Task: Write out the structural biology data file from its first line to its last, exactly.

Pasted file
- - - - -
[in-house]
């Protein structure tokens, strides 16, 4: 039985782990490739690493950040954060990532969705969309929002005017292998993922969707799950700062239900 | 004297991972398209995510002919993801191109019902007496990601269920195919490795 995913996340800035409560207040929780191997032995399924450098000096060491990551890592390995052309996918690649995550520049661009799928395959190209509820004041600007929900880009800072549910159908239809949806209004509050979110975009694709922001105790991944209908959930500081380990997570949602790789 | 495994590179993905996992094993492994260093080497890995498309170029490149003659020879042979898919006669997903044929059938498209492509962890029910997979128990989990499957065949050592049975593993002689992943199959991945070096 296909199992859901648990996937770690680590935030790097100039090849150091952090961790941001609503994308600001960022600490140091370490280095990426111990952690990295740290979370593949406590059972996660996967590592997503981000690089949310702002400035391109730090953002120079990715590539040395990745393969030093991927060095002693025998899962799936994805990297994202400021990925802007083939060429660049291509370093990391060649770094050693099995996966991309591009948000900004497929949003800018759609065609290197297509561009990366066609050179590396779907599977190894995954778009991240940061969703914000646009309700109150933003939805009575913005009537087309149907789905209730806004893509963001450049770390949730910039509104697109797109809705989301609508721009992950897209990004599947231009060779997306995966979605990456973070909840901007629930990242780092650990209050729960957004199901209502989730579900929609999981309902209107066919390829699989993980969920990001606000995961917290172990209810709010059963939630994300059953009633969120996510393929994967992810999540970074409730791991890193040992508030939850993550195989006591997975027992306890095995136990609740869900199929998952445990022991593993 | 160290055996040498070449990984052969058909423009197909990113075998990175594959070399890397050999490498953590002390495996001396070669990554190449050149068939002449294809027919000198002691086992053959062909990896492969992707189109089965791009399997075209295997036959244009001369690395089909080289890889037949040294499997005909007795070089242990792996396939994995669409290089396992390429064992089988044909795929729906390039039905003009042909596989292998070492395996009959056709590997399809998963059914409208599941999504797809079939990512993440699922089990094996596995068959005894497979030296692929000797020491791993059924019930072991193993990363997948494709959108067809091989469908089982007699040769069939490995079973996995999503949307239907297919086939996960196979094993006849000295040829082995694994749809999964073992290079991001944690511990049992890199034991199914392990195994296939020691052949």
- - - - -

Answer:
[in-house]
């Protein structure tokens, strides 16, 4: 039985782990490739690493950040954060990532969705969309929002005017292998993922969707799950700062239900 | 004297991972398209995510002919993801191109019902007496990601269920195919490795 995913996340800035409560207040929780191997032995399924450098000096060491990551890592390995052309996918690649995550520049661009799928395959190209509820004041600007929900880009800072549910159908239809949806209004509050979110975009694709922001105790991944209908959930500081380990997570949602790789 | 495994590179993905996992094993492994260093080497890995498309170029490149003659020879042979898919006669997903044929059938498209492509962890029910997979128990989990499957065949050592049975593993002689992943199959991945070096 296909199992859901648990996937770690680590935030790097100039090849150091952090961790941001609503994308600001960022600490140091370490280095990426111990952690990295740290979370593949406590059972996660996967590592997503981000690089949310702002400035391109730090953002120079990715590539040395990745393969030093991927060095002693025998899962799936994805990297994202400021990925802007083939060429660049291509370093990391060649770094050693099995996966991309591009948000900004497929949003800018759609065609290197297509561009990366066609050179590396779907599977190894995954778009991240940061969703914000646009309700109150933003939805009575913005009537087309149907789905209730806004893509963001450049770390949730910039509104697109797109809705989301609508721009992950897209990004599947231009060779997306995966979605990456973070909840901007629930990242780092650990209050729960957004199901209502989730579900929609999981309902209107066919390829699989993980969920990001606000995961917290172990209810709010059963939630994300059953009633969120996510393929994967992810999540970074409730791991890193040992508030939850993550195989006591997975027992306890095995136990609740869900199929998952445990022991593993 | 160290055996040498070449990984052969058909423009197909990113075998990175594959070399890397050999490498953590002390495996001396070669990554190449050149068939002449294809027919000198002691086992053959062909990896492969992707189109089965791009399997075209295997036959244009001369690395089909080289890889037949040294499997005909007795070089242990792996396939994995669409290089396992390429064992089988044909795929729906390039039905003009042909596989292998070492395996009959056709590997399809998963059914409208599941999504797809079939990512993440699922089990094996596995068959005894497979030296692929000797020491791993059924019930072991193993990363997948494709959108067809091989469908089982007699040769069939490995079973996995999503949307239907297919086939996960196979094993006849000295040829082995694994749809999964073992290079991001944690511990049992890199034991199914392990195994296939020691052949």